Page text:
That’s another key theme Cody touches upon here: the gap between appearance and reality.  I believe Mavis really is aware of who she is inside, but she suppresses the truth in favor of crafting a simple, beautiful surface image.  It is simpler.  Easier to grasp.  Part of why she returns home is to flaunt her relatively empty successes.  When people complement her, they aren’t saying anything nice about who she really is inside, but that’s okay, because Mavis only requires surface gratification.  She spends copious amounts of time in beauty salons, dolling herself up before every encounter to create a pleasurable appearance, a comfortable mask she can hide behind.  What she looks for in others may be even shallower.  She sees Buddy, her beau of years past, not only as the handsome guy she used to date rather than the devoted family man he is now, but as a projection of the life she wants to recapture, the life story she has written but cannot grasp. 

I have spent most of this review discussing the themes and messages of “Young Adult” because, critically speaking, there is little else to talk about.  It is a writer’s film, and as the numerous conversations I have touched upon should attest to, Cody has done a fantastic job making us think.  The maturity Cody displays is truly remarkable; though “Juno” will rightfully go down in history as one of the all-time best teen comedies, “Young Adult” works on such a vaster thematic and emotional canvas, and Cody is even brave enough to abandon the innovative dialogue style of “Juno” in favor of the down-to-earth, realistic speech this story requires.  Though director Jason Reitman is, in my mind, one of the great modern American filmmakers, it’s Cody who deserves the lion’s share of the credit for the film’s creative success.  That’s not to say Reitman’s work isn’t strong; it’s marvelous, but it’s meant to be transparent, the filmmaking giving us nothing more than a window into Mavis’ life, a clear cinematic expression of Cody’s work.  He does that brilliantly.  For both Reitman and Cody, this is another significant step forward in their already impressive careers.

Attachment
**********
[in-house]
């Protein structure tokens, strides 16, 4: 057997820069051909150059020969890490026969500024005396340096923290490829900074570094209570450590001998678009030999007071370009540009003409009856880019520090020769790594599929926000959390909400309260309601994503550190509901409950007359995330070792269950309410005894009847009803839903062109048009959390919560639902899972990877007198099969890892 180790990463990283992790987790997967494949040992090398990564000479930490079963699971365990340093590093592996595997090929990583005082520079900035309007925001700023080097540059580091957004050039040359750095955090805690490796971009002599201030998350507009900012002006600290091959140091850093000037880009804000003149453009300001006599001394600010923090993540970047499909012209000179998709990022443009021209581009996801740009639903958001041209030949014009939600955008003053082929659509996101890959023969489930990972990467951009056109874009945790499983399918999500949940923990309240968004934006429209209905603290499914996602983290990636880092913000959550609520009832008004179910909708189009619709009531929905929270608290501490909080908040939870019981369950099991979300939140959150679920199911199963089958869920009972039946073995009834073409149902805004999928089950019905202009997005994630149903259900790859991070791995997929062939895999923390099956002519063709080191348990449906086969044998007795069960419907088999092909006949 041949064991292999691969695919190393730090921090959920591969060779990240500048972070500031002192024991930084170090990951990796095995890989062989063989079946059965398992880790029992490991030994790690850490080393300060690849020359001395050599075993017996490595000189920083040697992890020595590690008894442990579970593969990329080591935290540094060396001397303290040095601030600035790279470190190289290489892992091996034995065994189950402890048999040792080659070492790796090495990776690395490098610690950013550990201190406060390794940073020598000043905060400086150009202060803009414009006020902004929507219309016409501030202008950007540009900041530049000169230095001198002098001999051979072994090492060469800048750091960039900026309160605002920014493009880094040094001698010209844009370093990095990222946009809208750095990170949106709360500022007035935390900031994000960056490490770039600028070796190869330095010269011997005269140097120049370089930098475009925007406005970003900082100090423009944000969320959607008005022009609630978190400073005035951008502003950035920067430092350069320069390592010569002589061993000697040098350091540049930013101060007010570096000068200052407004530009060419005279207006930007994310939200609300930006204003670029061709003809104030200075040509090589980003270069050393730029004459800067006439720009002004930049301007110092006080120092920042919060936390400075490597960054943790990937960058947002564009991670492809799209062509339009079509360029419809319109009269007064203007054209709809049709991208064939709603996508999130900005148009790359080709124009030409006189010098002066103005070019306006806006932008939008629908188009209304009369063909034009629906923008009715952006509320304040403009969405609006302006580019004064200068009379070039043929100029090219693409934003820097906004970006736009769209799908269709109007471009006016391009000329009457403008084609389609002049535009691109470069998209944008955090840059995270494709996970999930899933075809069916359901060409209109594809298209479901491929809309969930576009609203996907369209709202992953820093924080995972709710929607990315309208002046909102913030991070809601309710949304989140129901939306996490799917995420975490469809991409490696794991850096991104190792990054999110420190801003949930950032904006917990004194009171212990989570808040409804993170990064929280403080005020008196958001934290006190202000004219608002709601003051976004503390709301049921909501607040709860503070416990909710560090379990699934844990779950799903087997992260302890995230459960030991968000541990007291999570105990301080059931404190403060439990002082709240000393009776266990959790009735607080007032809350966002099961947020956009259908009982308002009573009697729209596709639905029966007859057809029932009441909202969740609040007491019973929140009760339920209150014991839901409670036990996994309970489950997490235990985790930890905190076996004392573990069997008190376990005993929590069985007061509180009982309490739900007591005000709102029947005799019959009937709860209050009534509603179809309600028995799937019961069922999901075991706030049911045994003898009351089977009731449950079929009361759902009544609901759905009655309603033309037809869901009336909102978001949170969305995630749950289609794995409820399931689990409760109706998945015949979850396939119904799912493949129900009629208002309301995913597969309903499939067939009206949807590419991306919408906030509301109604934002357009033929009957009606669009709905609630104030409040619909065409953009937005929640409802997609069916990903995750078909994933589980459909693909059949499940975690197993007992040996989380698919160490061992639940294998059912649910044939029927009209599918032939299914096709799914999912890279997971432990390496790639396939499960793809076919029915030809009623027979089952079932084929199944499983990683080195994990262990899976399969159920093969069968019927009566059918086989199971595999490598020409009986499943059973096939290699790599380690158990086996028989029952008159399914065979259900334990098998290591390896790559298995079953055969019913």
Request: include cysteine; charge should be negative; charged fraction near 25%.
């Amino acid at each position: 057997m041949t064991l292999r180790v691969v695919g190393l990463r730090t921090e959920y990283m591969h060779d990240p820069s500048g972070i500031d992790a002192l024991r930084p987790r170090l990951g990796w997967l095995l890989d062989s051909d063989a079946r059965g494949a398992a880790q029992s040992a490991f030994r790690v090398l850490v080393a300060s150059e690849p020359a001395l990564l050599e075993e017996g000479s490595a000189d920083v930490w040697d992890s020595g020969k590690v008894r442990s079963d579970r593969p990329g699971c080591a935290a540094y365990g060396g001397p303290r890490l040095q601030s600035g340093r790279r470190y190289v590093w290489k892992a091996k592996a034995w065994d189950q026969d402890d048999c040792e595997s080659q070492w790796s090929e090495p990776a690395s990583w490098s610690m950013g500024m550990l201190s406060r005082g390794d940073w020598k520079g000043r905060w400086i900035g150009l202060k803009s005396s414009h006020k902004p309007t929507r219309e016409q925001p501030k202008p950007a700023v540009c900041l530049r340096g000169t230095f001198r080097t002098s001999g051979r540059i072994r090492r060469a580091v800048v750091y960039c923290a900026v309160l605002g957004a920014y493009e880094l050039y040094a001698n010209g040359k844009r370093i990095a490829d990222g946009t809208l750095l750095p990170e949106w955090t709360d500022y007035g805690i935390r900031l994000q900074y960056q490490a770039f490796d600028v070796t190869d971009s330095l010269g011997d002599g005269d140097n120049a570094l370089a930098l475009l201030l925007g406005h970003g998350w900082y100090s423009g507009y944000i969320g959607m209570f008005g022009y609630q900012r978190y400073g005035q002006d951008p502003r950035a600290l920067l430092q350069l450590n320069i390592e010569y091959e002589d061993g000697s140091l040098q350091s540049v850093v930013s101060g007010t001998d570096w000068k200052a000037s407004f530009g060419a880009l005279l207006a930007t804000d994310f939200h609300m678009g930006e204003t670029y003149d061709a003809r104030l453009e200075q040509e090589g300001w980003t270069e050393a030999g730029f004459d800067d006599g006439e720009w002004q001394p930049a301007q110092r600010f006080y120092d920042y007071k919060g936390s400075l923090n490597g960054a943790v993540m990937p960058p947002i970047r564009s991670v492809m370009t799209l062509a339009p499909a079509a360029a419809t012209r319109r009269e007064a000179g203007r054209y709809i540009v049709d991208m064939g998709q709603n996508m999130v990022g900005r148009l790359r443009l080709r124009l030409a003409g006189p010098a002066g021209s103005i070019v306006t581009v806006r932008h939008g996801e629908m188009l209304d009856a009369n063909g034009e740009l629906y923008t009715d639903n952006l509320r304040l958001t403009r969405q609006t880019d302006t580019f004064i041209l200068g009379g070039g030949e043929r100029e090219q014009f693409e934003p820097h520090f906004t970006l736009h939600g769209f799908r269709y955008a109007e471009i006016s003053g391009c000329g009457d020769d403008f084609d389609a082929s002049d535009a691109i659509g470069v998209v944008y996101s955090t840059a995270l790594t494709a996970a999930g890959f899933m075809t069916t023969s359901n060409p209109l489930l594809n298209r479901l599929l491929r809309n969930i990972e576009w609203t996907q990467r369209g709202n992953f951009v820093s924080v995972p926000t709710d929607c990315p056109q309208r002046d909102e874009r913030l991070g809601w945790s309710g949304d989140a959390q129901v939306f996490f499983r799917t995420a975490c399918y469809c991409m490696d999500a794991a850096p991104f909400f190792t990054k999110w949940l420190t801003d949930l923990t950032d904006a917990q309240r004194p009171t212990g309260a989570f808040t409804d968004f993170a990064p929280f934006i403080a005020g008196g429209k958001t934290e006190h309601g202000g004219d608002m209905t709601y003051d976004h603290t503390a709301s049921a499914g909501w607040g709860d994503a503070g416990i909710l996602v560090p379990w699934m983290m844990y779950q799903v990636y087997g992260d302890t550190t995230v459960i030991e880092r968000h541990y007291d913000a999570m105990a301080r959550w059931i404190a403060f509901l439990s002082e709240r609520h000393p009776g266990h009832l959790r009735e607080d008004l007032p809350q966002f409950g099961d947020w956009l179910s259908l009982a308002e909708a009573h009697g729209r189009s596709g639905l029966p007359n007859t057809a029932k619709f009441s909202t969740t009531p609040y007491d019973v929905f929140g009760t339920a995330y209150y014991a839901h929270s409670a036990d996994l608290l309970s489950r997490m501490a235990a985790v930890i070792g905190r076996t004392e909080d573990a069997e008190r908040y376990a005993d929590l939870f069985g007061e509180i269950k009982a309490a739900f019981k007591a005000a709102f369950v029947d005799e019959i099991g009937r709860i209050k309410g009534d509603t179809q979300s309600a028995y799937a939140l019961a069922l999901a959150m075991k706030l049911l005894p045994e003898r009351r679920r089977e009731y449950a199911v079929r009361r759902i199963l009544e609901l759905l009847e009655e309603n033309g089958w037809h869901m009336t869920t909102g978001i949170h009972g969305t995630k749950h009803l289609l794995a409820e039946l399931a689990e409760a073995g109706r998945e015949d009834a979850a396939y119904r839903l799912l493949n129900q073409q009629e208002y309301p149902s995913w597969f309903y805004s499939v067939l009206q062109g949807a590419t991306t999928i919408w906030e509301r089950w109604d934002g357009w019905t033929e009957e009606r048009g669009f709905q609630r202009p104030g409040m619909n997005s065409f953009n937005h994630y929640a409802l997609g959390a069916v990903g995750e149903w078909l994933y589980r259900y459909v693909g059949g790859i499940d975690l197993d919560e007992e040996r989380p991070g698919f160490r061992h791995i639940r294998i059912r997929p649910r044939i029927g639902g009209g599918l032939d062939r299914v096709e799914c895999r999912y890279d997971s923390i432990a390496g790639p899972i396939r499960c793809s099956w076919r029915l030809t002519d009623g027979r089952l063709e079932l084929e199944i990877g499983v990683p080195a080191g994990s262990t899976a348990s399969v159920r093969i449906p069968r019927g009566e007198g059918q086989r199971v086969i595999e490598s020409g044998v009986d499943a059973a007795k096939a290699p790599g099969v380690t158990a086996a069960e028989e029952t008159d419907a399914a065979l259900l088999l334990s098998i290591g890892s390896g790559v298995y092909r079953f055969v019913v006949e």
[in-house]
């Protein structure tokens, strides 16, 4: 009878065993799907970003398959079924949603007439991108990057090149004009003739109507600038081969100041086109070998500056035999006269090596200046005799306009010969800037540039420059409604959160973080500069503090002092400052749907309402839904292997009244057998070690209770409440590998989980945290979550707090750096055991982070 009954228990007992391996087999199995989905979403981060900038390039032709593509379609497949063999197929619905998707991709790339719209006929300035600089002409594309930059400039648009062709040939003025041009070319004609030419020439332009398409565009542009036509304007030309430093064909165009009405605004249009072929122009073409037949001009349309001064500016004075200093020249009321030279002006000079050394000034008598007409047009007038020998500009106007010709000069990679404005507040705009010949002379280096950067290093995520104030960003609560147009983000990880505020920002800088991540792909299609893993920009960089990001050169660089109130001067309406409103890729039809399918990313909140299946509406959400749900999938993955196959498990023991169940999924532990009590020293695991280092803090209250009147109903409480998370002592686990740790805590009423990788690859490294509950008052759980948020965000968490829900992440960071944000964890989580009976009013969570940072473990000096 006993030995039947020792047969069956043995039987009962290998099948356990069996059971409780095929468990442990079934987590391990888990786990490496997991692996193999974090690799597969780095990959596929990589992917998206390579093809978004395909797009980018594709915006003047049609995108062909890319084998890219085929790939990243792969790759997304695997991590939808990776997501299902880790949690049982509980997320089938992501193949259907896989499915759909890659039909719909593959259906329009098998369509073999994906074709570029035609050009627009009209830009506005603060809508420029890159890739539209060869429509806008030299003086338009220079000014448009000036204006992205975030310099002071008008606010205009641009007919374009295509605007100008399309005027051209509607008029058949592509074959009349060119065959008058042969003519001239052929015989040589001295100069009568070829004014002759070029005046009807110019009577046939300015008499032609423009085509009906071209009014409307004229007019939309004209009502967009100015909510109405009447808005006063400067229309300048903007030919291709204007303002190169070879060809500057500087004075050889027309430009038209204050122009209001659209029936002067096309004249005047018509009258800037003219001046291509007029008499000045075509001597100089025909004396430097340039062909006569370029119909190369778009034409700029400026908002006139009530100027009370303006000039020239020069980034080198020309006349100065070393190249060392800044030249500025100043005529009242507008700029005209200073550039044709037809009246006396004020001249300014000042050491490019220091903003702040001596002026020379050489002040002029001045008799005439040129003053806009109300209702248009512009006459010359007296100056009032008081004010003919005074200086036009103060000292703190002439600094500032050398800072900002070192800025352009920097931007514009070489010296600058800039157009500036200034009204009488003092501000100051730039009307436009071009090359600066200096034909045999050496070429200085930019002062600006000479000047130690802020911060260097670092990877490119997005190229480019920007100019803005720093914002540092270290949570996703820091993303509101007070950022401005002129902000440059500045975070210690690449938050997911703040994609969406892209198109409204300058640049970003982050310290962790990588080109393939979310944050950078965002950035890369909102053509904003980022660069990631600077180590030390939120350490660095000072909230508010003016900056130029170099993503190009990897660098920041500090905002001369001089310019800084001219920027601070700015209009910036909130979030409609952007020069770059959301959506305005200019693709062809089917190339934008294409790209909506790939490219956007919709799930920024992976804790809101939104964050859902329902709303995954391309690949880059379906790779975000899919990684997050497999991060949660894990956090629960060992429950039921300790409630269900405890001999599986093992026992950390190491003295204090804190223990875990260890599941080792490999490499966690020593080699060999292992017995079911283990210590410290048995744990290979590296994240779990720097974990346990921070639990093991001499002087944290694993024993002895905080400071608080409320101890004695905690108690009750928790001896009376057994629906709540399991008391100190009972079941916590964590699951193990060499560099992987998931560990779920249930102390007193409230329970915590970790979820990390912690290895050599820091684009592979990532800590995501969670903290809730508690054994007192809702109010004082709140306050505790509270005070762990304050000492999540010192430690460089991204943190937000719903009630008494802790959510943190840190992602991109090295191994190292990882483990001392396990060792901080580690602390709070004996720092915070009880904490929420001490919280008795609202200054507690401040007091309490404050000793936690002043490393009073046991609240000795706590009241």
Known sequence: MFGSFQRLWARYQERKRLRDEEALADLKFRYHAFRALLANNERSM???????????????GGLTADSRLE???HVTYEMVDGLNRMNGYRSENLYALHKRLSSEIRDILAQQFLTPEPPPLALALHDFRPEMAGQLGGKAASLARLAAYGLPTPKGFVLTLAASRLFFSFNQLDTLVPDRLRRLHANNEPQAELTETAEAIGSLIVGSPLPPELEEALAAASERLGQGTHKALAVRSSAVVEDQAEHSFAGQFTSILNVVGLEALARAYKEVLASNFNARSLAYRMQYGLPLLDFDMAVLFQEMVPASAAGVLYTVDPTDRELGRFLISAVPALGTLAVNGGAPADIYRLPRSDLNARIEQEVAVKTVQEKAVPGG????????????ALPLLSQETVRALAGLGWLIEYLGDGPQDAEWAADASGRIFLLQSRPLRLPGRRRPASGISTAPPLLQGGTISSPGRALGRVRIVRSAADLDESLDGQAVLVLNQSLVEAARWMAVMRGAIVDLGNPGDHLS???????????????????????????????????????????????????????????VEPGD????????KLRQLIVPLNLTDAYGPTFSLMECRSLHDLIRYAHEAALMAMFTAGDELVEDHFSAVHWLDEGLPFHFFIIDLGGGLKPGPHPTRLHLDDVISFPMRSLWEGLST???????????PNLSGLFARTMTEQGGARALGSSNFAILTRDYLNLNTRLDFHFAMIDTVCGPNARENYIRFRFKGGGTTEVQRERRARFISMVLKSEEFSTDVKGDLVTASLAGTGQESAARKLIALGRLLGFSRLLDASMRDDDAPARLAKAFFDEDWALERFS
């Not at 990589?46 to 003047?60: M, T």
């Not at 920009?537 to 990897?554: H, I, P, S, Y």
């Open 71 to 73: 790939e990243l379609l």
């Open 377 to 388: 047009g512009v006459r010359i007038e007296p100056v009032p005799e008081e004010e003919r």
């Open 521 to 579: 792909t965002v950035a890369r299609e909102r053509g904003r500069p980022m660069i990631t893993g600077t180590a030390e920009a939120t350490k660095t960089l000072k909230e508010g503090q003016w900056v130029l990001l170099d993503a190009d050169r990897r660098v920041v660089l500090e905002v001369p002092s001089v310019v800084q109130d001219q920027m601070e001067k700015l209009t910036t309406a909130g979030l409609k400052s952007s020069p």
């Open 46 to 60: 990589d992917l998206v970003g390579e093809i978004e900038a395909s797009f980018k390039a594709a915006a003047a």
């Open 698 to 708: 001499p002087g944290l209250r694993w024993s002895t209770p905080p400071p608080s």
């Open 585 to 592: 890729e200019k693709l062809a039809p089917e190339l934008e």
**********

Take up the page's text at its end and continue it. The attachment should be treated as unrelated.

The performances are, of course, invaluable.  Charlize Theron is an actress willing to go anywhere, to probe the emotional depths of a troubled mind while retaining a recognizable, palpable sense of humanity.  For an unflattering character like Mavis, Theron is the best and only choice, and she hits this one out of the park.  Mavis is a largely internalized character, and Theron is terrific in the silently expressive moments, but in the climactic scene where everything she’s bottled up finally bursts forth, she’s even better.  Patton Oswalt is every bit her equal as Matt; it continues to amuse me that such a great comedian can be such a wonderful dramatic actor, and though he certainly gets the film’s biggest laughs, he’s also at the heart of the biggest emotional wallops.  He and Theron both deserve serious Oscar consideration.

“Young Adult” is a film destined to inspire many long, meaningful conversations about growing up, emotional damage, and more.  That is its power, but I also suspect it will be its curse.  Most audiences will no doubt reject the film outright because they suspect a comedy out of Reitman and Cody, and “Young Adult” absolutely is not a comedy.  If you like your time at the movies to be light and cheerful, see something else this weekend.  “Young Adult” will not be your cup of tea, and I won’t begrudge you that decision for a minute.  But if you are looking for a smart, contemplative, thought-provoking examination of damaged and detestable individuals, people who exist in all of our daily lives, “Young Adult” will be a revelation. 

“Young Adult” will open in theatres nationwide on Friday, December 16th.